harbour spring Sue Fenlon

Sue Fenlon

The mass media would have us believe that millions of people across England are raking in benefits they are not entitled to, watching big-screen satellite TVs, and buying mobile phones and designer trainers with money they never earned. In fact, the opposite is true. Nearly all of the billions of pounds in unclaimed benefits is waiting to be claimed by the most vulnerable in society – the elderly, carers, disabled people and those with learning difficulties. Many of these groups are completely unaware of what they are entitled to and often live for years on far less than they could claim, if only they were aware.

Usually the only way to know what you’re entitled to is to go online to websites like Entitled To and take a simple questionnaire. But of course many of the people entitled to the benefits, don’t own a computer or have internet access. People often discover they have been missing out on £100 a week or more for years (and can often claim months of backpay if available – not offered automatically so you have to ask). There are many other online benefits calculator, so go through one of them with anyone you are concerned about, to see if they can get help. This can not only help them prevent debt, but often receiving the benefits then entitles people to a lot more free help (like discounts or grants for heating, transport etc).

how much benefit is left unclaimed?

A recent report suggests that around £19 billion of money is going unclaimed, including £7.5 billion unclaimed in Universal Credit by over 1 million households. The most underclaimed benefit is (very expensive) Council Tax, with almost 3 million people not claiming almost £3 billion in help. As the Internet is so important these days to find both information and work, be sure to claim social tariffs from companies that offer free or low-cost broadband rates to those who need them (it’s estimated that 97% of people miss out, simply to not being aware).

So why do so many people not claim the benefits they are entitled to? As mentioned above, often it’s due to not having Internet access or family support (these days many people live alone and so have nobody to let them know of the help they can get). But another big reason is the complexity of the benefits system. Often making a claim is such a minefield, that many people simply don’t bother. But you should, because an extra £100 (or more) a week can make all the difference to your quality of life.

Another reason why some people don’t claim is the stigma attached, since certain right-wing politicians and media have managed to make it a source of shame to claim benefits. At the start of the pandemic, many previously affluent people lost everything, simply because they had never needed to claim benefits, and did not feel comfortable doing so. Some people were even skipping meals and rent payments, rather than sign up for benefits. The same applies to food banks, with many people feeling ashamed if they have to visit one, in order to feed their families.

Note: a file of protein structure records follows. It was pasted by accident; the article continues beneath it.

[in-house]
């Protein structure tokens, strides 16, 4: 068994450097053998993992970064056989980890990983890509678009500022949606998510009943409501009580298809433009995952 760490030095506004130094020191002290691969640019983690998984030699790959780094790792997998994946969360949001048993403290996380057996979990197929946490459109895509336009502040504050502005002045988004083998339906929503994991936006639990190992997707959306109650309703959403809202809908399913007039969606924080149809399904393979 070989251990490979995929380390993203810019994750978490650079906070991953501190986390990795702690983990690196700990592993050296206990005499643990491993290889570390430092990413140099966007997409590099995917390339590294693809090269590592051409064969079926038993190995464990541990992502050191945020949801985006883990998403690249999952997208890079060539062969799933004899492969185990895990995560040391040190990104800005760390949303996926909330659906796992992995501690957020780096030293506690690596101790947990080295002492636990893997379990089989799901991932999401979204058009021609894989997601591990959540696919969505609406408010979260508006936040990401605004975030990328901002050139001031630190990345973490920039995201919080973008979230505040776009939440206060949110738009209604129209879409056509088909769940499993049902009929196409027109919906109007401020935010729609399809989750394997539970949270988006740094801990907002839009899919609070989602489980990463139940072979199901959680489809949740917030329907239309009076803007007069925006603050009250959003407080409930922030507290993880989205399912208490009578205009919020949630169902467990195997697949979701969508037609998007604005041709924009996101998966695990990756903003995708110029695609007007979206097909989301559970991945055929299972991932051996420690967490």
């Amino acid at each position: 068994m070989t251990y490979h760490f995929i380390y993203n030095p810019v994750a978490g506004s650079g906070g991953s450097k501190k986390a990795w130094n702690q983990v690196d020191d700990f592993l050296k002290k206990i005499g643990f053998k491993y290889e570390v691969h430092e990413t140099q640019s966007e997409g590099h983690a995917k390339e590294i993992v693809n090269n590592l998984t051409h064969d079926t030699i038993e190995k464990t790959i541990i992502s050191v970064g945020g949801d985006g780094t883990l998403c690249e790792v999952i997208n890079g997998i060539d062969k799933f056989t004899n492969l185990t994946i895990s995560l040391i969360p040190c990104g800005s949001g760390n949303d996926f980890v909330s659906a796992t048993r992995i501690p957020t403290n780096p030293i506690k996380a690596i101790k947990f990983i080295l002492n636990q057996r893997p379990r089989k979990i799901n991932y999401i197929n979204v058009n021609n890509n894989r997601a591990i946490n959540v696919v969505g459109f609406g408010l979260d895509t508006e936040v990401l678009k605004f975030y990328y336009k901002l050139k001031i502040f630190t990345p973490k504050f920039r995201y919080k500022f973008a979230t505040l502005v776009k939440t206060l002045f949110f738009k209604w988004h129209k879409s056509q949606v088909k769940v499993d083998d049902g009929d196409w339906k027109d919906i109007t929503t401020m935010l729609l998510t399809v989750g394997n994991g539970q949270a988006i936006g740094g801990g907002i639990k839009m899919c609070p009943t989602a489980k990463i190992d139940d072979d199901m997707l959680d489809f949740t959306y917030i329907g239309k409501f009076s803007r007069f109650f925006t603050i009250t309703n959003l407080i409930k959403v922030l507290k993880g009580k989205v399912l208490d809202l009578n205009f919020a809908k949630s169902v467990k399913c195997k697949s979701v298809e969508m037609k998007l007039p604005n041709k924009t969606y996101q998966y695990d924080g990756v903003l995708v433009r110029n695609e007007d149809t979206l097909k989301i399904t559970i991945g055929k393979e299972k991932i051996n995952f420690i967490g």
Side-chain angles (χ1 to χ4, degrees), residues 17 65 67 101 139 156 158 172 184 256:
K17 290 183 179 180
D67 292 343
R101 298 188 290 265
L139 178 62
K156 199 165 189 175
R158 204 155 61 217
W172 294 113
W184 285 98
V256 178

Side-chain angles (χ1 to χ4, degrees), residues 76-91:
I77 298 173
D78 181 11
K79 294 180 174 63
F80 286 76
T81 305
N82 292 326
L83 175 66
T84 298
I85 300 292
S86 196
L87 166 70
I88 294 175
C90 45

In the happiest countries on earth (in Scandinavia), there is no stigma attached to claiming benefits. People are looked after by the state from cradle to grave, with working people okay with paying higher taxes, in order to fund the most vulnerable in society (Finland is soon to become the first nation on earth with ‘zero homelessness’ due to innovative methods and non-profit landlords). Stigma is gradually reducing here in England. One Croydon food bank has 10 working police offers who use the service, alongside a night-shift volunteer nurse who picks up a food crate, before going off to work at the local hospital.

Claiming the benefits you’re entitled to is extra important for elderly people, who can prevent hypothermia (from not turning on the heating) and have money to eat well. It also encourages people to get out and about and spend a little money on a cup of tea at an indie cafe, so even benefits the local economy too. Do take the time to ensure those who live nearby (or relatives) are getting all their benefits.

One helper in Kent secured an extra £11,500 a year for a pensioner couple who were living on low benefits. And in Coventry, a pensioner who was living on £55 a week (seriously) received an extra £138 a week (over £7000 a year) once benefit checks were performed. Collectively, around 850,000 pensioners across the UK are not receiving what they are entitled to. And for those who are from the ‘get on your bike and find work’ generation, it may take a little persuasion to have them take the money. But they worked and paid taxes all their lives, so let’s return the favour.

how common is benefit fraud?

Benefit fraud is obviously when people claim for money they are not entitled to, whether that’s providing false information or not reporting a change in circumstances. But even if convicted, many benefits by law have to remain. One idea to prevent benefit fraud is to simplify everything by scrapping most benefits, and replacing with a Basic Income.

It’s interesting that tax evasion is around £5.5 billion. Yet benefit fraud (although substantial) is far less (around £3.3 billion). Yet MPs focus far more on those who cheat the benefit system, rather than donors who live abroad and don’t pay tax (or big multi-nationals who use clever accountants to set up shop here, but then pay little or no tax to contribute to the NHS and other public services).

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